• Benilov, E. S., 1994: The effect of continuous shear upon the two-layer model of baroclinic instability. Geophys. Astrophys. Fluid Dyn.78, 95–113.

  • ——, 1995: Baroclinic instability of quasi-geostrophic flows localized in a thin layer. J. Fluid Mech.,288, 175–199.

  • Charney, J. G., 1947: The dynamics of long waves in a baroclinic westerly current. J. Meteor.4, 135–163.

  • Dormand, J. R., and P. J. Prince, 1980: A family of embedded Runge–Kutta formulae. J. Comput. Appl. Math.,6, 19–26.

  • Eady, E. T., 1949: Long waves and cyclone waves. Tellus,1, 33–52.

  • Fukamachi, Y., J. P. McCreary, and J. A. Proehl, 1995: Instability of density fronts in layer and continuously stratified models. J. Geophys. Res.,100, 2559–2577.

  • Gill, A. E., J. S. A. Green, and A. J. Simmons, 1974: Energy partition in the large-scale ocean circulation and the production of mid-ocean eddies. Deep-Sea Res.,21, 499–528.

  • Green, J. S. A., 1960: A problem in baroclinic stability. Quart. J. Roy. Meteor. Soc.,86, 237–251.

  • Hairer, E., S. P. Norsett, and G. Wanner, 1993: Solving Ordinary Differential Equations 1: Nonstiff Problems. Springer-Verlag, 528 pp.

  • Killworth, P. D., D. B. Chelton, and R. A. DeSzoeke, 1997: The speed of observed and theoretical long extratropical planetary waves. J. Phys. Oceanogr.,27, 1946–1966.

  • Lee, C. M., and C. C. Eriksen, 1996: The subinertial momentum balance of the North Atlantic subtropical convergence zone. J. Phys. Oceanogr.,26, 1690–1704.

  • Olson, D. B., 1991: Rings in the ocean. Ann. Rev. Earth Planet. Sci.,19, 283–311.

  • Pedlosky, J., 1987: Geophysical Fluid Dynamics. Springer-Verlag, 710 pp.

  • Phillips, N. A., 1954: Energy transformation and meridional circulation associated with simple baroclinic waves in a two-level, quasi-geostrophic model. Tellus,6, 273–286.

  • Roden, G. I., 1975: On the North Pacific temperature, salinity, sound velocity and density fronts and their relation to the wind and energy flux fields. J. Phys. Oceanogr.,5, 557–571.

All Time Past Year Past 30 Days
Abstract Views 0 0 0
Full Text Views 136 136 0
PDF Downloads 5 5 0

On the Linear Approximation of Velocity and Density Profiles in the Problem of Baroclinic Instability

View More View Less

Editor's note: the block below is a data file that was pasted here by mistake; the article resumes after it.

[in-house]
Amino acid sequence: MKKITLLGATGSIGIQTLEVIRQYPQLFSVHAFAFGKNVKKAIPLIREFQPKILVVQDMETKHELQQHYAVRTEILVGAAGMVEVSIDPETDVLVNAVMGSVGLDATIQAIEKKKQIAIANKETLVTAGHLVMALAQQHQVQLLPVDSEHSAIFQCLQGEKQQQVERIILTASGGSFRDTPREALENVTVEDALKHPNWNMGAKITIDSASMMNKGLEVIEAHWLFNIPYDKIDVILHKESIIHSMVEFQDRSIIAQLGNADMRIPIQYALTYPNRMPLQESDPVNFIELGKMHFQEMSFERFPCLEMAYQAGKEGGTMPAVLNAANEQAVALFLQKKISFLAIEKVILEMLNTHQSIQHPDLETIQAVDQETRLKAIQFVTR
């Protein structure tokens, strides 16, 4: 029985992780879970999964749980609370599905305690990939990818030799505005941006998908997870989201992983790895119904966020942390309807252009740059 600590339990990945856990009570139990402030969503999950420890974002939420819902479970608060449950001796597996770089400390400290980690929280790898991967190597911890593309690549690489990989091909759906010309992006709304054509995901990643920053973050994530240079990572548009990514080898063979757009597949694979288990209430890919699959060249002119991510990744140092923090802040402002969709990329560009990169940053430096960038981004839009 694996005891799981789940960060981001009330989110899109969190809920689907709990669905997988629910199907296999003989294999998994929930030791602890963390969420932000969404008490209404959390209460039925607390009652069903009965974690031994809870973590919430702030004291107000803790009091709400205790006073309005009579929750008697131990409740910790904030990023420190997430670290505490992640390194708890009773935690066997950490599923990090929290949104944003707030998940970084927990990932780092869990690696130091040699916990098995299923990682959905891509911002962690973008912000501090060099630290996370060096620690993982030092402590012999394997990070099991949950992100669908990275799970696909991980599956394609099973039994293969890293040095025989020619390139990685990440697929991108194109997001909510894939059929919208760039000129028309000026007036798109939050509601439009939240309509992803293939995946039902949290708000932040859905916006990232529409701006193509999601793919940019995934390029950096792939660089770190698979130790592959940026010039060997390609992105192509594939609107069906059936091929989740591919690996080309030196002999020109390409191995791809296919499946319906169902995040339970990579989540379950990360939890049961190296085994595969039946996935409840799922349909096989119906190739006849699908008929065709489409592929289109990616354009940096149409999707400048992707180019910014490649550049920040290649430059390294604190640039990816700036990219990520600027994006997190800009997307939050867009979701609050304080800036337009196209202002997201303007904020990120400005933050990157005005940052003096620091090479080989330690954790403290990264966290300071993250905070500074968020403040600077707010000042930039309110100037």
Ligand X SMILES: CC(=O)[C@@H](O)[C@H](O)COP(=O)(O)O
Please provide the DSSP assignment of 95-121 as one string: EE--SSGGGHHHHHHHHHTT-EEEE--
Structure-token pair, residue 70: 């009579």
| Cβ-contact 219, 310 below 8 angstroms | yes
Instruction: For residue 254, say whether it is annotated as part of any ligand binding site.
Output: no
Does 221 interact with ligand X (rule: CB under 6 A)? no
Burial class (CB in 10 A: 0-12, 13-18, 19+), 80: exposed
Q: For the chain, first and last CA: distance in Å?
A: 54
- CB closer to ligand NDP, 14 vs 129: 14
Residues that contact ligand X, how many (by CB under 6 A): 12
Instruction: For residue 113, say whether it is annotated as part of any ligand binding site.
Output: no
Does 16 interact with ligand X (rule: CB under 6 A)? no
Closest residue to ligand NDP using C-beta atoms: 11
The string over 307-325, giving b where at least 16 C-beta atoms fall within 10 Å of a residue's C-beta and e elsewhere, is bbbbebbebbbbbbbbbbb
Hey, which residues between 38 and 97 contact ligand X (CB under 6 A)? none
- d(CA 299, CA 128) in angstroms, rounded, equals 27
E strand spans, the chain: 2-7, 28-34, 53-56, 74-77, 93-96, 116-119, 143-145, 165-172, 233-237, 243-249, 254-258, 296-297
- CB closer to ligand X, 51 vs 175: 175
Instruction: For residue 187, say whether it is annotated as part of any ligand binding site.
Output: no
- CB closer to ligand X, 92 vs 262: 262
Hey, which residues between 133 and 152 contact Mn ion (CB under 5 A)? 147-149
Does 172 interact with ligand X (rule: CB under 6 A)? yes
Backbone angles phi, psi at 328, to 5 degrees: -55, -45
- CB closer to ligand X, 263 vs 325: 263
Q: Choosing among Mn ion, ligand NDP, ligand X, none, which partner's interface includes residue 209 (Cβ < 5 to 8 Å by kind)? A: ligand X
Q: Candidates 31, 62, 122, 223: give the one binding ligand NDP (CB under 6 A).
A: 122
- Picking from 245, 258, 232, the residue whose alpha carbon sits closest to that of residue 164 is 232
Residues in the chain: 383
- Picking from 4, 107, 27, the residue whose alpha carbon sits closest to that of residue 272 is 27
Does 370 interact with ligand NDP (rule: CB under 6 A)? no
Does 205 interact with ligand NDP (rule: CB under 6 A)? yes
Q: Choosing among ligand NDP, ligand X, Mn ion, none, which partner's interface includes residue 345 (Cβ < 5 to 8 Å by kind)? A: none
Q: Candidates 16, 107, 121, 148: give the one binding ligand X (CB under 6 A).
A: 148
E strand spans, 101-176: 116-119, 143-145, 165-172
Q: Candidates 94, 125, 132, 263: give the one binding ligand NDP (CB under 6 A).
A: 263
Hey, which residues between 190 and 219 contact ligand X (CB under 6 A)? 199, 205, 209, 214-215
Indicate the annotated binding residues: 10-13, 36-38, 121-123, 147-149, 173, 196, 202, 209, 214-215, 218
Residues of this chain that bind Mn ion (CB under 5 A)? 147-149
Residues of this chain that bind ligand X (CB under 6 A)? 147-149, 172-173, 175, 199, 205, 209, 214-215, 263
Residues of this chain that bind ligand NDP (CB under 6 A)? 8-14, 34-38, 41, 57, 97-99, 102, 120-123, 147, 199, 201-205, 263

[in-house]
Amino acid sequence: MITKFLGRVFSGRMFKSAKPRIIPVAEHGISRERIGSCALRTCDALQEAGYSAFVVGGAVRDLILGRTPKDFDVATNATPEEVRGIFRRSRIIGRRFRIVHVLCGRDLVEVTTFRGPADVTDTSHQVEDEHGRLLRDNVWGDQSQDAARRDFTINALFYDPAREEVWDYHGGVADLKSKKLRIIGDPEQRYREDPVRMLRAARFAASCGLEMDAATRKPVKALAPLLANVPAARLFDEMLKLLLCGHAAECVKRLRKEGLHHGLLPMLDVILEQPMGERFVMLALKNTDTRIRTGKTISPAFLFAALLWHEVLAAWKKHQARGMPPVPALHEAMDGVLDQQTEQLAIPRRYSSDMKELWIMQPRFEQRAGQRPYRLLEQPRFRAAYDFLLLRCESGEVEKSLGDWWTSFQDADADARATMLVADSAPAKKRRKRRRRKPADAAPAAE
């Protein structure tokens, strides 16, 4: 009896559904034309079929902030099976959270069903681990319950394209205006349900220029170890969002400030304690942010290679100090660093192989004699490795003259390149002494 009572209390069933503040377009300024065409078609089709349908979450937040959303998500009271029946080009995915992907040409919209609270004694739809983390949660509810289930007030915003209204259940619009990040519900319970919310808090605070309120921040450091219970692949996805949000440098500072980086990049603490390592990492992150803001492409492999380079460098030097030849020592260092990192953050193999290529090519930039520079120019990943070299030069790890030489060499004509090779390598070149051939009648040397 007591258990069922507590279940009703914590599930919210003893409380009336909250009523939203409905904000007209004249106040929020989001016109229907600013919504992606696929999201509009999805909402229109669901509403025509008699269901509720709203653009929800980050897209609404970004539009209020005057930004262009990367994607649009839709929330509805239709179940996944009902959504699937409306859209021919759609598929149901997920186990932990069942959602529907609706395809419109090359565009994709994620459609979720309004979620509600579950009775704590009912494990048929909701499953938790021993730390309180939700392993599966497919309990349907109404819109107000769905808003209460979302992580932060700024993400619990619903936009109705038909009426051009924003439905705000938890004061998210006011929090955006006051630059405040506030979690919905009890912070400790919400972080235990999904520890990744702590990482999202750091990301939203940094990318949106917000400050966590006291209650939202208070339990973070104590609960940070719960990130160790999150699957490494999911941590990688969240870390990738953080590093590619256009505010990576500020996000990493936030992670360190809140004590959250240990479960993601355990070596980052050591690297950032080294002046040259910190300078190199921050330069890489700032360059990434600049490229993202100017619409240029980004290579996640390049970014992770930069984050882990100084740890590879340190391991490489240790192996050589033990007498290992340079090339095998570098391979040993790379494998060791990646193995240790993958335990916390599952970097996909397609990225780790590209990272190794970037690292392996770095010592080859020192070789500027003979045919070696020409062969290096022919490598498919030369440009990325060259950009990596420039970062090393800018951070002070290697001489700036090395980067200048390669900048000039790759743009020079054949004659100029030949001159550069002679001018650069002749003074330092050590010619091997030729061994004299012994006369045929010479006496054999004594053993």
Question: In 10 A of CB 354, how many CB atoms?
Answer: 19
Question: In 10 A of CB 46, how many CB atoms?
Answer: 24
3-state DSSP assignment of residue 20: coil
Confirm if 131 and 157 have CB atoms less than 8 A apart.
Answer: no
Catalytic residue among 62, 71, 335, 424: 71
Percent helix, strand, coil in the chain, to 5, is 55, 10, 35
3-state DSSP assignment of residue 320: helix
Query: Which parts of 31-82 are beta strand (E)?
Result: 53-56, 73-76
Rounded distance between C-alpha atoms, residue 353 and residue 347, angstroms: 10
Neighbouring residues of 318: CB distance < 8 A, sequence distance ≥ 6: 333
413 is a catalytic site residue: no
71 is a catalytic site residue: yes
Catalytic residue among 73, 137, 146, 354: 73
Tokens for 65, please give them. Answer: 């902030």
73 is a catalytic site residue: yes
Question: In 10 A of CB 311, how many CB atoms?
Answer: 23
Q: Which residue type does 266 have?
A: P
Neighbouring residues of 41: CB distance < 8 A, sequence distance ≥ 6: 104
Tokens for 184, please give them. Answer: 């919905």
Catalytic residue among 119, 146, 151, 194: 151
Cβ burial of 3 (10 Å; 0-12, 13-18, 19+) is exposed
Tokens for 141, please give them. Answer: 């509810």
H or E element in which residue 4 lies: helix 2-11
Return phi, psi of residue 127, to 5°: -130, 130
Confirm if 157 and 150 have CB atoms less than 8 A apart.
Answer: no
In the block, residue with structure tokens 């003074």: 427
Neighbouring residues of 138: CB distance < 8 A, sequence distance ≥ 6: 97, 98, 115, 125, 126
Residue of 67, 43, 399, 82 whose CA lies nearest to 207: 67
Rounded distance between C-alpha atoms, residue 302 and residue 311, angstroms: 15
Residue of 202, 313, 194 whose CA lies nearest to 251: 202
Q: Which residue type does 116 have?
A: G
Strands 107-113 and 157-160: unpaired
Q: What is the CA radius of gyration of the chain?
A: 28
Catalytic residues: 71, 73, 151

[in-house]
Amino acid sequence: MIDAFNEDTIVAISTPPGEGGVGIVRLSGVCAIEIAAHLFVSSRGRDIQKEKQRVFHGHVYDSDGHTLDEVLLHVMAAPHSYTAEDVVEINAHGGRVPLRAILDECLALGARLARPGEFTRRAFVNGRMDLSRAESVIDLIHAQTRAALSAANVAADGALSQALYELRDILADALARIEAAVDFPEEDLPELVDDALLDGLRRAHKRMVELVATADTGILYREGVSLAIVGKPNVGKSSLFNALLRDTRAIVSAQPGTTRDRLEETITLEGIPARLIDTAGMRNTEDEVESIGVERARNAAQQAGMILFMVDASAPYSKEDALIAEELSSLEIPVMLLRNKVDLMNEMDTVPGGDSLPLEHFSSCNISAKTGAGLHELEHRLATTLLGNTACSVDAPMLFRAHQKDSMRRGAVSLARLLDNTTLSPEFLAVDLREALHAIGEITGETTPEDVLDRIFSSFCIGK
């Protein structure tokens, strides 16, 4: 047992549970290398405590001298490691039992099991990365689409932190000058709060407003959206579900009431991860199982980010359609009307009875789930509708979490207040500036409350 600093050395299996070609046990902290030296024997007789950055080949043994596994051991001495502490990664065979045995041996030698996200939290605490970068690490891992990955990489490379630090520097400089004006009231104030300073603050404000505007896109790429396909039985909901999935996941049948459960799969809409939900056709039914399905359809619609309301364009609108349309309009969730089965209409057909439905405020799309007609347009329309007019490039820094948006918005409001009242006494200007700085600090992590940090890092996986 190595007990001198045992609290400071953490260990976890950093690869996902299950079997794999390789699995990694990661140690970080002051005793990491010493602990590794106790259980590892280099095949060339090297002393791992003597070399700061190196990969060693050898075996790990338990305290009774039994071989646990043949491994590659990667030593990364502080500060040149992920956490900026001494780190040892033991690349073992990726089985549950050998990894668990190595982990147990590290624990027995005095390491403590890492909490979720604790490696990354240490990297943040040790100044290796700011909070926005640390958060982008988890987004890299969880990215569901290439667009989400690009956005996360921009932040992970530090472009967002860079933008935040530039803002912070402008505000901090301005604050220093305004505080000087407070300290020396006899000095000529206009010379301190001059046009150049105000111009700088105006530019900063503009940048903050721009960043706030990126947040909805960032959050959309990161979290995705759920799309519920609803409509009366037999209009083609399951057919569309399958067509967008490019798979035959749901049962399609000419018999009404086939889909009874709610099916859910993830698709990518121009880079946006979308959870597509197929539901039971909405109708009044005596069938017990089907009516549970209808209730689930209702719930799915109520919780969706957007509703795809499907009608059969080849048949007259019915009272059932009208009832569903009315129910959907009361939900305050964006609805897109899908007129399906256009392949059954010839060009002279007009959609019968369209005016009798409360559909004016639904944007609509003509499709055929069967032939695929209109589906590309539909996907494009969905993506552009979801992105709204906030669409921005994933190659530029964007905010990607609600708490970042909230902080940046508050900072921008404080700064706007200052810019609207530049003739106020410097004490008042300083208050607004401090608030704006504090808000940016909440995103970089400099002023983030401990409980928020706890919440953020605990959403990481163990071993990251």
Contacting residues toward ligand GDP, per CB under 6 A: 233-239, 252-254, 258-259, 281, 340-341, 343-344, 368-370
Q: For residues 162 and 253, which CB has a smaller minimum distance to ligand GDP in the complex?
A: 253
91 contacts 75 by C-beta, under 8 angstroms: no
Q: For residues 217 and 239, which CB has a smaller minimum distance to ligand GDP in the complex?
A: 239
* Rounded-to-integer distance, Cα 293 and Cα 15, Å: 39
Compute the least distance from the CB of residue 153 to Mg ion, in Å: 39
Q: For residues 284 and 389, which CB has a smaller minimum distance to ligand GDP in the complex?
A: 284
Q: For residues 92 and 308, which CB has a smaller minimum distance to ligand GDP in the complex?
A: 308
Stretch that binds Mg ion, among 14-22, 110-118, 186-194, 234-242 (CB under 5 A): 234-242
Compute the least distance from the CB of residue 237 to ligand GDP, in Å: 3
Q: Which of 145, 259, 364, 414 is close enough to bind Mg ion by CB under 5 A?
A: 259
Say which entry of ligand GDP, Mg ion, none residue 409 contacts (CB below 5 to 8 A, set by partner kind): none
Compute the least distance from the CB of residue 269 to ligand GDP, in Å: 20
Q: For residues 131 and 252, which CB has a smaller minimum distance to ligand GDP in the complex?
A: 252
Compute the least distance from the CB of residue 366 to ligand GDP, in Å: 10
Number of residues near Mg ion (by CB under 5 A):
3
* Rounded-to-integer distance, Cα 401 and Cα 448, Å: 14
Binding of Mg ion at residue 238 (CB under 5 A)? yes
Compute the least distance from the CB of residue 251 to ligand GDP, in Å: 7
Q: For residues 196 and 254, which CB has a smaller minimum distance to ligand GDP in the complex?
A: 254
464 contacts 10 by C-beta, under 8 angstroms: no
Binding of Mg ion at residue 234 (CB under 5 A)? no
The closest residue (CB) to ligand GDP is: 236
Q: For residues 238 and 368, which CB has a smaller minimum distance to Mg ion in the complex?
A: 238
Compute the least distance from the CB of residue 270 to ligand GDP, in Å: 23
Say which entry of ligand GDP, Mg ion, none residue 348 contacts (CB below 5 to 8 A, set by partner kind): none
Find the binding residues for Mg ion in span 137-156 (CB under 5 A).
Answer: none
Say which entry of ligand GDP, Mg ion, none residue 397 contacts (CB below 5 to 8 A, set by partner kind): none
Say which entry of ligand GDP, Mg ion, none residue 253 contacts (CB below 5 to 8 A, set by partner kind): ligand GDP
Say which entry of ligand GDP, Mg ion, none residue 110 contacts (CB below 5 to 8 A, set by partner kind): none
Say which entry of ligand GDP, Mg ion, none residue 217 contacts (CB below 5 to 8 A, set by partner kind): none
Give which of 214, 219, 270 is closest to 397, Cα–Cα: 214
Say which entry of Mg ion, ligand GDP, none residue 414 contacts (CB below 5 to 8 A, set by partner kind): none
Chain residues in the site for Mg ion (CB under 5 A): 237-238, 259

• 1 Department of Mathematics, University of Tasmania, Launceston, Australia
© Get Permissions Rent on DeepDyve
Restricted access

Abstract

The linear approximation of density and velocity profiles is compared to more realistic models with vertically inhomogeneous density gradients and nonzero anomalous vorticity (i.e., the nonplanetary part of potential vorticity). Calculations based on the parameters of “real life” currents in the Northern Pacific demonstrate that these effects, acting together, can make baroclinic instability 2.5–6 times stronger and dramatically expand the spectral range of unstable disturbances toward the short-wave region (by a factor of more than 20–30).

* Current affiliation: Department of Mathematics, University of Limerick, Limerick, Ireland.

Corresponding author address: Dr. Eugene S. Benilov, Department of Mathematics, University of Limerick, Limerick, Ireland.

Email: eugene@maths.warwick.ac.uk

Abstract

The linear approximation of density and velocity profiles is compared to more realistic models with vertically inhomogeneous density gradients and nonzero anomalous vorticity (i.e., the nonplanetary part of potential vorticity). Calculations based on the parameters of “real life” currents in the Northern Pacific demonstrate that these effects, acting together, can make baroclinic instability 2.5–6 times stronger and dramatically expand the spectral range of unstable disturbances toward the short-wave region (by a factor of more than 20–30).

* Current affiliation: Department of Mathematics, University of Limerick, Limerick, Ireland.

Corresponding author address: Dr. Eugene S. Benilov, Department of Mathematics, University of Limerick, Limerick, Ireland.

Email: eugene@maths.warwick.ac.uk

Save